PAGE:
Parents save premature baby's life by cuddling
A Queensland Australia couple recently shared the remarkable story of how they were able to save the life of their premature baby boy by cuddling him.
In the touching video entitled "Loving Touch and Mom's Intuition: Kate Ogg and Jamie's Story", uploaded to the Johnson's Baby YouTube page, Kate Ogg tells the story of how her and her husband David, were able to save their dying son through skin-to-skin contact.
The Ogg's twins, Emily and Jamie, were born three months premature, and Doctor's told the first time parents that Jamie had passed away upon delivery.
"They were both born in their sac but Jamie didn't make a noise when they tore it open. Emily let out a big wail,' Kate Ogg told the Daily Mail. "We looked over and everyone was crowding around Jamie - there was about 20 people in the room. The vibe wasn't very good. He stopped breathing and his heartbeat was nearly gone. After 20 minutes they stopped working on him."
After hearing that their baby had passed, the devastated parents took their premature son into their arms, cuddling and talking to him.
'We were trying to entice him to stay," said Kate. "We explained his name and that he had a twin that he had to look out for and how hard we tried to have him."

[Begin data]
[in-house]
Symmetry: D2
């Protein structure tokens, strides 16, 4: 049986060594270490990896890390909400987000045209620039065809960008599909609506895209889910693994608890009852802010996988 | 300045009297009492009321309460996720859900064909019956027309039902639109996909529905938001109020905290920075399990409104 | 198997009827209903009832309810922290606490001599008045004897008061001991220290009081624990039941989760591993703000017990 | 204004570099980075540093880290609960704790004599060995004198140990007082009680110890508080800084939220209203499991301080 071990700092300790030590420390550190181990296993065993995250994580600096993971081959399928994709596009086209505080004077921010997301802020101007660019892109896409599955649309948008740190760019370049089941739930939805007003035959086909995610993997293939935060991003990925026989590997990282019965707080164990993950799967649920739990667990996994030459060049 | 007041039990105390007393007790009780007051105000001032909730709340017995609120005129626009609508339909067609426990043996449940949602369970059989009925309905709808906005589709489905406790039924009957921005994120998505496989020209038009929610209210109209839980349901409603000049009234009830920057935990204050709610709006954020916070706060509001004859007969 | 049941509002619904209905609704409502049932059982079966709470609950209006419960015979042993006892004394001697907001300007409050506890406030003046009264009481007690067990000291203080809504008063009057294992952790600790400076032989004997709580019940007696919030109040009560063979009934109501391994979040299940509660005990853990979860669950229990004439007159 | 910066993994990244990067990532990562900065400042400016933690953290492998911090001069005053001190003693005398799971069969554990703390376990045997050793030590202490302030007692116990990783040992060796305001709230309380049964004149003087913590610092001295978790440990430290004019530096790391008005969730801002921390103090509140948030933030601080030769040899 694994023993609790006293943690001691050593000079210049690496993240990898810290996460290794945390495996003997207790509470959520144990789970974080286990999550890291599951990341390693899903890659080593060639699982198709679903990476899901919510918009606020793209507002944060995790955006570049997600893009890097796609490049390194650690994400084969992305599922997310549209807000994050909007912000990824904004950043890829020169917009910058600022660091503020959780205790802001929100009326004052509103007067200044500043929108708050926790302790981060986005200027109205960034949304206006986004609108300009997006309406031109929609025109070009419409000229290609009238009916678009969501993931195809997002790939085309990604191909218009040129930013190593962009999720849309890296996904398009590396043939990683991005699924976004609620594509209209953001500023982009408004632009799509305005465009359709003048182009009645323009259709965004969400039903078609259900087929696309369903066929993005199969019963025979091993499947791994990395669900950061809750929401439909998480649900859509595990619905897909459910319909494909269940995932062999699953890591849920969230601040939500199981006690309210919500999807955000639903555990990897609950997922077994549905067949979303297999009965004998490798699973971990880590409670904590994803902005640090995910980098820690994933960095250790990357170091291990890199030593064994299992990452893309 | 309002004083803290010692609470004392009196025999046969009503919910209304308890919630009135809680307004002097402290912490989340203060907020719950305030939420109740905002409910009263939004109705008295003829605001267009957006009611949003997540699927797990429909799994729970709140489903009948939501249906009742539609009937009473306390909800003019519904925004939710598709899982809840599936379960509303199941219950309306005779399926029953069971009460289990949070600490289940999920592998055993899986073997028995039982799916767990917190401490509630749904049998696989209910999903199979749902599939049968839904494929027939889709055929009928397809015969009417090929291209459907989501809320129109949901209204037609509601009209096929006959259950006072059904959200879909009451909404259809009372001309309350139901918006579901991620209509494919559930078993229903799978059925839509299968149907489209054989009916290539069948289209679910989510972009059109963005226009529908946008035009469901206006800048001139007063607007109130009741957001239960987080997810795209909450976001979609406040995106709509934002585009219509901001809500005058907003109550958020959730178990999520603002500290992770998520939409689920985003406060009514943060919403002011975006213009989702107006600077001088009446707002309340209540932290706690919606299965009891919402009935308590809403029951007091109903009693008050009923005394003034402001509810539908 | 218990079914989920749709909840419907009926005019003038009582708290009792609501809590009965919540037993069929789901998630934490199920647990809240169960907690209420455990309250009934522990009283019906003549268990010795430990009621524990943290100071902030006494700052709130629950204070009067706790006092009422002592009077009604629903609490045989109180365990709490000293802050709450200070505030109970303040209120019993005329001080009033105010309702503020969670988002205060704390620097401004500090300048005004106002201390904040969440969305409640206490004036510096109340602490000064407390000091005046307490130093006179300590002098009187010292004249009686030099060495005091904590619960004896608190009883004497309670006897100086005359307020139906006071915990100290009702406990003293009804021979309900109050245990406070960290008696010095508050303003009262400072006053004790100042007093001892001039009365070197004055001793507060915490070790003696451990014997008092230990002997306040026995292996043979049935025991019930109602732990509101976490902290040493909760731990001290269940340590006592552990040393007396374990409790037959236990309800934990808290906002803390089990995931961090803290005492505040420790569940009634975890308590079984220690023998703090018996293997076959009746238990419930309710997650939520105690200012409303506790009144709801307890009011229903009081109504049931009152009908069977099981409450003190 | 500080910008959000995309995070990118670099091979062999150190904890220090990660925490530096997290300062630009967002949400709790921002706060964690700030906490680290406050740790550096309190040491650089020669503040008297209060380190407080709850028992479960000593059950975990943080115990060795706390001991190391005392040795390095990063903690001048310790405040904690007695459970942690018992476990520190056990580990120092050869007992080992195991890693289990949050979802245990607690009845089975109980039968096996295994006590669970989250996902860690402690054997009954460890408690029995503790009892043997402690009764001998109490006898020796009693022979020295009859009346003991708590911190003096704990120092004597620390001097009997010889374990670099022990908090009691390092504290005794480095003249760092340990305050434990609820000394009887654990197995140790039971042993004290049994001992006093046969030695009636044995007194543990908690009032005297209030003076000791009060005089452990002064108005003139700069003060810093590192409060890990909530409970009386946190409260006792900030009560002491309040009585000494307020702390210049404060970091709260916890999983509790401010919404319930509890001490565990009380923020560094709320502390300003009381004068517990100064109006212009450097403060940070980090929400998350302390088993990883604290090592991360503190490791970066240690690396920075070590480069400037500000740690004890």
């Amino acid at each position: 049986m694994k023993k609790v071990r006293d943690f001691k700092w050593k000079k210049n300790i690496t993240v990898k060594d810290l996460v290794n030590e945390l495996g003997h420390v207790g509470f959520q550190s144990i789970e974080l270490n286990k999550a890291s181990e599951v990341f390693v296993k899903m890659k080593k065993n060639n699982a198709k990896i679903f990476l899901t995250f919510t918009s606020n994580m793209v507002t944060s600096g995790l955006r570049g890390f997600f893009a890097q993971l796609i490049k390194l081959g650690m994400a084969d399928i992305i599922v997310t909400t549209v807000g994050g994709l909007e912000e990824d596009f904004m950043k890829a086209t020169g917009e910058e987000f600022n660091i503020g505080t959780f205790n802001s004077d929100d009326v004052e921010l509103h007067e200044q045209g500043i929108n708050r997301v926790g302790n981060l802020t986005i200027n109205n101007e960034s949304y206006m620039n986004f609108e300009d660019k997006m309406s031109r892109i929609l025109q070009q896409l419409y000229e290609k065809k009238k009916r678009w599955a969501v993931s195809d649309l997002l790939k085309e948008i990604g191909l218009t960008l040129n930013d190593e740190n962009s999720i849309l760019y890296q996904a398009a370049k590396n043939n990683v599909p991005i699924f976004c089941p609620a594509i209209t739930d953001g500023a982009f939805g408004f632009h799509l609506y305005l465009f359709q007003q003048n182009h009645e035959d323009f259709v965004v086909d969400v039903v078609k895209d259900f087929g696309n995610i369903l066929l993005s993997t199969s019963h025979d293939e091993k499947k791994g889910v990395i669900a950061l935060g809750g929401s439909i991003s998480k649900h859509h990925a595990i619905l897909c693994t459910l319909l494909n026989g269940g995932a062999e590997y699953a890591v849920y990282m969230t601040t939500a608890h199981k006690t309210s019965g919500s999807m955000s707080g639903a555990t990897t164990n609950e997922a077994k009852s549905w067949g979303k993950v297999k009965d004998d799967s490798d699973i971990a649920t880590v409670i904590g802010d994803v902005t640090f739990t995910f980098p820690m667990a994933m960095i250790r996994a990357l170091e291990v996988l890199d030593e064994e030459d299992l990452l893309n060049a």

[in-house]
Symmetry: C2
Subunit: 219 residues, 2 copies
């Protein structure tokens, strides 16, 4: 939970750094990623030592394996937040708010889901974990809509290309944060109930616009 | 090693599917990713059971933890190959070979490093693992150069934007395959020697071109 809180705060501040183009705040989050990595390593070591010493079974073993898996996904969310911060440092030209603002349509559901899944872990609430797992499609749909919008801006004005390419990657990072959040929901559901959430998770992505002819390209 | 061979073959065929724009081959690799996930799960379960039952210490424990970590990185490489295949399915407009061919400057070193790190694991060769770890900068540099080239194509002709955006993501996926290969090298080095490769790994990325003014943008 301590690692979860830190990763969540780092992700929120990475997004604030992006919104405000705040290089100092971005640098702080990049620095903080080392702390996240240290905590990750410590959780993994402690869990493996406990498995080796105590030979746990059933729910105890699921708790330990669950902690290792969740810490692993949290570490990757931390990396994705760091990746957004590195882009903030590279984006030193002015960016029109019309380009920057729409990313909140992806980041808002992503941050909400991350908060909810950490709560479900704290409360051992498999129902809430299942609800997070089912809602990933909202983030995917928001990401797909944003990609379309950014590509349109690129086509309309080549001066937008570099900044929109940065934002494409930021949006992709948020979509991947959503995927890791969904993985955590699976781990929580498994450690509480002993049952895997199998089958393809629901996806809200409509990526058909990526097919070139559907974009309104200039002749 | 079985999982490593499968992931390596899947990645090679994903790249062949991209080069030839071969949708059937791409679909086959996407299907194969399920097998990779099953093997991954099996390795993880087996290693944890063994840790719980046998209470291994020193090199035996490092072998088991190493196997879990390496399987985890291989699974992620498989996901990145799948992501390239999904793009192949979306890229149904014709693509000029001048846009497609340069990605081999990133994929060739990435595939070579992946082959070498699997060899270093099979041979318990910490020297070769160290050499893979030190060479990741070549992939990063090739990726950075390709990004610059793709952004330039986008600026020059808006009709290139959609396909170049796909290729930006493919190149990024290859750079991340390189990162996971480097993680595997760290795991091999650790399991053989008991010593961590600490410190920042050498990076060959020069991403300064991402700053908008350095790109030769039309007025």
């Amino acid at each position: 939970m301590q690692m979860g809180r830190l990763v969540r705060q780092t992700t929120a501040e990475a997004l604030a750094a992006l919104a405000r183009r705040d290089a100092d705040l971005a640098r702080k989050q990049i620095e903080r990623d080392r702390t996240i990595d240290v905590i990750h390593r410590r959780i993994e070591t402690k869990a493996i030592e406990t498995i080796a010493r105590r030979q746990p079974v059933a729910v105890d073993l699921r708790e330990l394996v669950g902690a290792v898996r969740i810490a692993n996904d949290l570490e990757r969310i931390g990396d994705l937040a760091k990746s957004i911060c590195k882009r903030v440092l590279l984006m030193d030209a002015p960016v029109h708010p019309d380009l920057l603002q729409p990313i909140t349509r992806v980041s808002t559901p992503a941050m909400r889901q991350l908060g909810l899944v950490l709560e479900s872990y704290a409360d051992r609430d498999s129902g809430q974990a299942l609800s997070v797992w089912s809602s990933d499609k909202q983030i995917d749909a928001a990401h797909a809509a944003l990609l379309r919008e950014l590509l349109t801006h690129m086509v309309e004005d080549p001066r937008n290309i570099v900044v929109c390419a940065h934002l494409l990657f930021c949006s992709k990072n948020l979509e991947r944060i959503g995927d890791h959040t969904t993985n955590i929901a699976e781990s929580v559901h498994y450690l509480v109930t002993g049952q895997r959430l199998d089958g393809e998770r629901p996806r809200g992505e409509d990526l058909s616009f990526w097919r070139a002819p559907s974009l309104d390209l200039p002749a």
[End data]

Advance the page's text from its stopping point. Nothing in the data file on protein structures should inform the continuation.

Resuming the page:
Then something miraculous happened. Jamie gasped, and took hold of David's finger. Slowly, the little boy began to breathe and move normally.
"It was the most astounding and amazing thing that had ever happened," said Kate in the YouTube video. "We realized it was because we had held him, and he because had the body heat of his mother and father. And that soft cocooning warmth, that's what had brought him back and had given him the time that he needed to, live."
Jamie and his twin sister Emily are now five-years-old, and have not suffered from any serious medical issues.
The Ogg family has organized Jamie's Gift, a effort to raise money for babies like the twins, born prematurely.
To help support the cause, visit the Jamie's Gift Facebook page, and Miracle Babies donation website.